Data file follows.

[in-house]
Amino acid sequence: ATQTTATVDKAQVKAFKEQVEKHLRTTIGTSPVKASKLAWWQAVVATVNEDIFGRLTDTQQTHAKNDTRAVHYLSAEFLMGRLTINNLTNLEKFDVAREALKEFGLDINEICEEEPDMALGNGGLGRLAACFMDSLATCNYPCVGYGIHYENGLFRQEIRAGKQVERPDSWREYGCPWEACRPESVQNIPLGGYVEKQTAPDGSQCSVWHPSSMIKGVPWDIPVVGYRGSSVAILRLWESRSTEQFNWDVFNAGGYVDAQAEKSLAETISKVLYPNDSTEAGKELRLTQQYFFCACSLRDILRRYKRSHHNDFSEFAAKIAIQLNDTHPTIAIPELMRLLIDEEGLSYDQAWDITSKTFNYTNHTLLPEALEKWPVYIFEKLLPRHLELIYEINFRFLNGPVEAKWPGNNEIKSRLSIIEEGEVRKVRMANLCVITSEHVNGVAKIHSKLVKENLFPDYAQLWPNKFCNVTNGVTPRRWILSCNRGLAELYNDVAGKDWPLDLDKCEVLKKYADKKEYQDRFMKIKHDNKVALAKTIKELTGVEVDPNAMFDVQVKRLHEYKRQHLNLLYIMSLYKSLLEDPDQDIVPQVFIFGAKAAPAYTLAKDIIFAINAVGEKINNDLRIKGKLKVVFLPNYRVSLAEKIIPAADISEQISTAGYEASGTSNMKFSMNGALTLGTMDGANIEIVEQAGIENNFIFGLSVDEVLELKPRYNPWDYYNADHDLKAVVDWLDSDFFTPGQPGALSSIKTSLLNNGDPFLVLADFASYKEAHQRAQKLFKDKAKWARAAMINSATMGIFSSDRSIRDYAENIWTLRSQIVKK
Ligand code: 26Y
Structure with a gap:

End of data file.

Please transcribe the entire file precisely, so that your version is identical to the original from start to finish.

[in-house]
Amino acid sequence: ATQTTATVDKAQVKAFKEQVEKHLRTTIGTSPVKASKLAWWQAVVATVNEDIFGRLTDTQQTHAKNDTRAVHYLSAEFLMGRLTINNLTNLEKFDVAREALKEFGLDINEICEEEPDMALGNGGLGRLAACFMDSLATCNYPCVGYGIHYENGLFRQEIRAGKQVERPDSWREYGCPWEACRPESVQNIPLGGYVEKQTAPDGSQCSVWHPSSMIKGVPWDIPVVGYRGSSVAILRLWESRSTEQFNWDVFNAGGYVDAQAEKSLAETISKVLYPNDSTEAGKELRLTQQYFFCACSLRDILRRYKRSHHNDFSEFAAKIAIQLNDTHPTIAIPELMRLLIDEEGLSYDQAWDITSKTFNYTNHTLLPEALEKWPVYIFEKLLPRHLELIYEINFRFLNGPVEAKWPGNNEIKSRLSIIEEGEVRKVRMANLCVITSEHVNGVAKIHSKLVKENLFPDYAQLWPNKFCNVTNGVTPRRWILSCNRGLAELYNDVAGKDWPLDLDKCEVLKKYADKKEYQDRFMKIKHDNKVALAKTIKELTGVEVDPNAMFDVQVKRLHEYKRQHLNLLYIMSLYKSLLEDPDQDIVPQVFIFGAKAAPAYTLAKDIIFAINAVGEKINNDLRIKGKLKVVFLPNYRVSLAEKIIPAADISEQISTAGYEASGTSNMKFSMNGALTLGTMDGANIEIVEQAGIENNFIFGLSVDEVLELKPRYNPWDYYNADHDLKAVVDWLDSDFFTPGQPGALSSIKTSLLNNGDPFLVLADFASYKEAHQRAQKLFKDKAKWARAAMINSATMGIFSSDRSIRDYAENIWTLRSQIVKK
Ligand code: 26Y
Structure with a gap: